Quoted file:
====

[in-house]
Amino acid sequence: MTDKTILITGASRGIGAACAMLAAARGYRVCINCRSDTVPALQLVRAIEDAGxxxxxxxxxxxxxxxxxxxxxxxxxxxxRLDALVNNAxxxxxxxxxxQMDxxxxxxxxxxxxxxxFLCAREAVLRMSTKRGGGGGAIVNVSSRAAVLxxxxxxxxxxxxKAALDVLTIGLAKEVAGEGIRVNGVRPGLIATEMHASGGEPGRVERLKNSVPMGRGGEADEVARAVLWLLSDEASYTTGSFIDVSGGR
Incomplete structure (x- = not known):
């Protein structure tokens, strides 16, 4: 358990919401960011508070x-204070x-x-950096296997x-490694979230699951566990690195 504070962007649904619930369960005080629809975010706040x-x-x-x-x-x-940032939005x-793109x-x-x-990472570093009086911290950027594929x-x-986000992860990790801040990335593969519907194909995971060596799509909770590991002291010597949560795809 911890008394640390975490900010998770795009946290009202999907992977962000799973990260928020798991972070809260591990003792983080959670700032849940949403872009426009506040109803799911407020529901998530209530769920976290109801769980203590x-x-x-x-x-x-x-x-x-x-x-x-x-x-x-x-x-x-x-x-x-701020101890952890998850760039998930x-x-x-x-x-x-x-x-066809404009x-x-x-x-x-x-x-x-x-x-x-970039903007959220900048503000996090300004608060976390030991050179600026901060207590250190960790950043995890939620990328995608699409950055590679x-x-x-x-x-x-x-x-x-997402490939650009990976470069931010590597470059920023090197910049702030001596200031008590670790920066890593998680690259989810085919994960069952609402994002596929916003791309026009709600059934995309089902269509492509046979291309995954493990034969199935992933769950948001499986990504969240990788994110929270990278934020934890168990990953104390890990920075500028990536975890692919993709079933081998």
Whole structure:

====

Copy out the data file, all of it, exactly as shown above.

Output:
[in-house]
Amino acid sequence: MTDKTILITGASRGIGAACAMLAAARGYRVCINCRSDTVPALQLVRAIEDAGxxxxxxxxxxxxxxxxxxxxxxxxxxxxRLDALVNNAxxxxxxxxxxQMDxxxxxxxxxxxxxxxFLCAREAVLRMSTKRGGGGGAIVNVSSRAAVLxxxxxxxxxxxxKAALDVLTIGLAKEVAGEGIRVNGVRPGLIATEMHASGGEPGRVERLKNSVPMGRGGEADEVARAVLWLLSDEASYTTGSFIDVSGGR
Incomplete structure (x- = not known):
């Protein structure tokens, strides 16, 4: 358990919401960011508070x-204070x-x-950096296997x-490694979230699951566990690195 504070962007649904619930369960005080629809975010706040x-x-x-x-x-x-940032939005x-793109x-x-x-990472570093009086911290950027594929x-x-986000992860990790801040990335593969519907194909995971060596799509909770590991002291010597949560795809 911890008394640390975490900010998770795009946290009202999907992977962000799973990260928020798991972070809260591990003792983080959670700032849940949403872009426009506040109803799911407020529901998530209530769920976290109801769980203590x-x-x-x-x-x-x-x-x-x-x-x-x-x-x-x-x-x-x-x-x-701020101890952890998850760039998930x-x-x-x-x-x-x-x-066809404009x-x-x-x-x-x-x-x-x-x-x-970039903007959220900048503000996090300004608060976390030991050179600026901060207590250190960790950043995890939620990328995608699409950055590679x-x-x-x-x-x-x-x-x-997402490939650009990976470069931010590597470059920023090197910049702030001596200031008590670790920066890593998680690259989810085919994960069952609402994002596929916003791309026009709600059934995309089902269509492509046979291309995954493990034969199935992933769950948001499986990504969240990788994110929270990278934020934890168990990953104390890990920075500028990536975890692919993709079933081998």
Whole structure: